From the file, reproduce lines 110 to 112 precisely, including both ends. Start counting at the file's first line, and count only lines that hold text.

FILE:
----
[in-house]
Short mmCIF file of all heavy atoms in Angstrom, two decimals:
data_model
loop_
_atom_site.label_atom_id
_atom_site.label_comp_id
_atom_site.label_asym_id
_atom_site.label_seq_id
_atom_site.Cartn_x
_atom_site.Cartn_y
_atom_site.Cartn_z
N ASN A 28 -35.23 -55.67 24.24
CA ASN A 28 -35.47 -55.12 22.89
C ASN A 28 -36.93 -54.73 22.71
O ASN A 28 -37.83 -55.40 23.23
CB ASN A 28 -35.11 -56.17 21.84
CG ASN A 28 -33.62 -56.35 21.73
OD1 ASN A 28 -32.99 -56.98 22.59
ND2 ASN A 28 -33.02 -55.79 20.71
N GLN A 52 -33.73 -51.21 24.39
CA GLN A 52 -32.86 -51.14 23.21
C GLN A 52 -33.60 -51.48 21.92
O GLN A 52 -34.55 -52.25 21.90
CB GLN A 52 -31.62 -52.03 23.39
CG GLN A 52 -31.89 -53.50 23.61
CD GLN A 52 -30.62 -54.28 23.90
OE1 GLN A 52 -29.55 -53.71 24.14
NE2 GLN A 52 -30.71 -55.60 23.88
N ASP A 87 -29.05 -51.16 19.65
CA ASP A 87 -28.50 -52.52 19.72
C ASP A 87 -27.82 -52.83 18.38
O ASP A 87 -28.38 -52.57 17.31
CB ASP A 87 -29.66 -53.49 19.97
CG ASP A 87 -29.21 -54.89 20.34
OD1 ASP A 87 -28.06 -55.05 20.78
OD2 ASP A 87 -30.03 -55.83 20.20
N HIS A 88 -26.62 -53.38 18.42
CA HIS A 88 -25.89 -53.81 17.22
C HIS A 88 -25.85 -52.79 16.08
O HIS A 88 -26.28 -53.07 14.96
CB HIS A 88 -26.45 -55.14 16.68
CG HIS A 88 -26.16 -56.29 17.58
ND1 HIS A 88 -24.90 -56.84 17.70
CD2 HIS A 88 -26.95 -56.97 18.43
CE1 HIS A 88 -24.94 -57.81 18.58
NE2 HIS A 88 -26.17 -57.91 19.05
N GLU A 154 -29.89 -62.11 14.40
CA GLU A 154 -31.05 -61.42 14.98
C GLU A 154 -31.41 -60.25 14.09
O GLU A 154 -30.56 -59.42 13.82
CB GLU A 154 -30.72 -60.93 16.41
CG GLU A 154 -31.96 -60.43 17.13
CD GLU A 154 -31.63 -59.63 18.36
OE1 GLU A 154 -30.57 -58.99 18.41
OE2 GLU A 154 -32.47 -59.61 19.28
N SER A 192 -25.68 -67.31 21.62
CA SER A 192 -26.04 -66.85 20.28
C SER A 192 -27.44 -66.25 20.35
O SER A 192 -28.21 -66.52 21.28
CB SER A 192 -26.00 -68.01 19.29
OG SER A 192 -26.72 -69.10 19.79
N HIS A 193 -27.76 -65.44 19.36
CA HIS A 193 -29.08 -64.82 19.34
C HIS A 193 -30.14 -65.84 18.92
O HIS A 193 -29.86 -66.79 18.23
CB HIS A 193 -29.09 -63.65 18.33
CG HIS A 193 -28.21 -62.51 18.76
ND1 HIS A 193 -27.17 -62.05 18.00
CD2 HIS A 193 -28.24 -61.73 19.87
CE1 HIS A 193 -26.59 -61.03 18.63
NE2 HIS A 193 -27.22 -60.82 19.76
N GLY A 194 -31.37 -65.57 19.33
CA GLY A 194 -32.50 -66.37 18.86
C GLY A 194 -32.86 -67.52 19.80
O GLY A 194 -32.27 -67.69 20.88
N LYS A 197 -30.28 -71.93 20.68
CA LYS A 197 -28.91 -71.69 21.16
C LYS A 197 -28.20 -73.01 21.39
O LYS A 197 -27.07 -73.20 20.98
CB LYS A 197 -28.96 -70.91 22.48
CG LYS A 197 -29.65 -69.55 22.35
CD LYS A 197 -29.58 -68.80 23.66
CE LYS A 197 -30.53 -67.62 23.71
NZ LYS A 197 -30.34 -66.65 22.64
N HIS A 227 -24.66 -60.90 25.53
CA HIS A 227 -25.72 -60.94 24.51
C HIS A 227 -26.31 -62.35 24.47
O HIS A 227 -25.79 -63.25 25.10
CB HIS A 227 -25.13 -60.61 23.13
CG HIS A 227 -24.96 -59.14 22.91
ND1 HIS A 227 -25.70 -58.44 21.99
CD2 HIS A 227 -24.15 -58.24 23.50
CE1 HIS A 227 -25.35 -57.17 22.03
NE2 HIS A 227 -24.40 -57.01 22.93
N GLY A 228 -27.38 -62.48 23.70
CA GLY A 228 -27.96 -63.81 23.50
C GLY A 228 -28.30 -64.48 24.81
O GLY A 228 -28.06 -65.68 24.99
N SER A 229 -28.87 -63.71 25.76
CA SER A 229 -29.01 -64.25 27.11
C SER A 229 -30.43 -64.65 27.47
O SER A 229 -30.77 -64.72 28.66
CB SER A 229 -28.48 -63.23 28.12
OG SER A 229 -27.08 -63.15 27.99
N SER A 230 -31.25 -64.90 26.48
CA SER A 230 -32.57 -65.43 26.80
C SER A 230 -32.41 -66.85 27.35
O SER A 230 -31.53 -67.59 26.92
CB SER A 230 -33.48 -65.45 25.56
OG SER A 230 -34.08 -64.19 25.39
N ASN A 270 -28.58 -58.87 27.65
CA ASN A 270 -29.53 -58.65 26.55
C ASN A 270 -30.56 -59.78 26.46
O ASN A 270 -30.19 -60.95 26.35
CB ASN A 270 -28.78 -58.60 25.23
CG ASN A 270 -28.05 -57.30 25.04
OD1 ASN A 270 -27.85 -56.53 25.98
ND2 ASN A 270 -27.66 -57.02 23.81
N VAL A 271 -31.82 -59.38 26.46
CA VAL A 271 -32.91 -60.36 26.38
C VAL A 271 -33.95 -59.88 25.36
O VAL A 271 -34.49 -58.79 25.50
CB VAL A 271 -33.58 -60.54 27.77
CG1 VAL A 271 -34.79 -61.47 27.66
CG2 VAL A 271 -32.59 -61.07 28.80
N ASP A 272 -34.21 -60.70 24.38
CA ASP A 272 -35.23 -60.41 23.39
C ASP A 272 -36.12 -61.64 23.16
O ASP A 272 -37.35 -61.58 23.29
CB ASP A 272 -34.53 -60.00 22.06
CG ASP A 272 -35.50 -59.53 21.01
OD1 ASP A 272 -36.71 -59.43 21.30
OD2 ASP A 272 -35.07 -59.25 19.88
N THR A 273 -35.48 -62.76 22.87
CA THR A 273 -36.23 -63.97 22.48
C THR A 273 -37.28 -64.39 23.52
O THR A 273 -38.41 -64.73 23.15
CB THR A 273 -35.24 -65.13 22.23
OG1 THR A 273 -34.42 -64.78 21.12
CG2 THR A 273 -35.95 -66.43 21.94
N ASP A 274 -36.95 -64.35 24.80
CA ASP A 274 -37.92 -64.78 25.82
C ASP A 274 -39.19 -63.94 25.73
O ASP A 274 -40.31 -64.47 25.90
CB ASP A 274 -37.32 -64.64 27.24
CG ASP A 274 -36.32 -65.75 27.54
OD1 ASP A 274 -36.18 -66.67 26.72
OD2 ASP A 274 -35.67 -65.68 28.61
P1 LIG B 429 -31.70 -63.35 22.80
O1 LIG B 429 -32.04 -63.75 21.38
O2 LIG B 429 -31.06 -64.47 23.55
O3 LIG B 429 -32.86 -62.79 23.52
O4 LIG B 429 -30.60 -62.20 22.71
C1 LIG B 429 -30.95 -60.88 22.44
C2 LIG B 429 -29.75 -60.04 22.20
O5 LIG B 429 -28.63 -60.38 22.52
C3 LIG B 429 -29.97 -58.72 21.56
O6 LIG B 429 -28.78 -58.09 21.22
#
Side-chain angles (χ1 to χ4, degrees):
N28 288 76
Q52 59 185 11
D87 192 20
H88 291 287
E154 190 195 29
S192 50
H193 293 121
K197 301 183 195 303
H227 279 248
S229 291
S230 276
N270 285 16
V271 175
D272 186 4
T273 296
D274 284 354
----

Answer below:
OG SER A 230 -34.08 -64.19 25.39
N ASN A 270 -28.58 -58.87 27.65
CA ASN A 270 -29.53 -58.65 26.55